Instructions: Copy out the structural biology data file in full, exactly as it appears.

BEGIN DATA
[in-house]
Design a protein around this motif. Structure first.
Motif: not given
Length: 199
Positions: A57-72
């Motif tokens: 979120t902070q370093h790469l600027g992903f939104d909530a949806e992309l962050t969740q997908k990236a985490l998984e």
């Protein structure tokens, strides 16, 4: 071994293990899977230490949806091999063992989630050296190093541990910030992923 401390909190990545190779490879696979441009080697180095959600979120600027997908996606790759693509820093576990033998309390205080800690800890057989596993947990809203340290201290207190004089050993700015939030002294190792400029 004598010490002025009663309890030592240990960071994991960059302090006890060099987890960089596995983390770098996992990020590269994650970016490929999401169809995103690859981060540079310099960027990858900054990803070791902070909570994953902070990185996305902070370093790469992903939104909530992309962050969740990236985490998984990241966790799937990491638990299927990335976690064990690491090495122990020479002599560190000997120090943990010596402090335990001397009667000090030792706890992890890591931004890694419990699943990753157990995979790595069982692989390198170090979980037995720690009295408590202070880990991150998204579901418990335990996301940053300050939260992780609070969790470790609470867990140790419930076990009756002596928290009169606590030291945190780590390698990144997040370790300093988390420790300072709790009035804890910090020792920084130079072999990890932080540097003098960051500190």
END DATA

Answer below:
[in-house]
Design a protein around this motif. Structure first.
Motif: not given
Length: 199
Positions: A57-72
């Motif tokens: 979120t902070q370093h790469l600027g992903f939104d909530a949806e992309l962050t969740q997908k990236a985490l998984e």
């Protein structure tokens, strides 16, 4: 071994293990899977230490949806091999063992989630050296190093541990910030992923 401390909190990545190779490879696979441009080697180095959600979120600027997908996606790759693509820093576990033998309390205080800690800890057989596993947990809203340290201290207190004089050993700015939030002294190792400029 004598010490002025009663309890030592240990960071994991960059302090006890060099987890960089596995983390770098996992990020590269994650970016490929999401169809995103690859981060540079310099960027990858900054990803070791902070909570994953902070990185996305902070370093790469992903939104909530992309962050969740990236985490998984990241966790799937990491638990299927990335976690064990690491090495122990020479002599560190000997120090943990010596402090335990001397009667000090030792706890992890890591931004890694419990699943990753157990995979790595069982692989390198170090979980037995720690009295408590202070880990991150998204579901418990335990996301940053300050939260992780609070969790470790609470867990140790419930076990009756002596928290009169606590030291945190780590390698990144997040370790300093988390420790300072709790009035804890910090020792920084130079072999990890932080540097003098960051500190």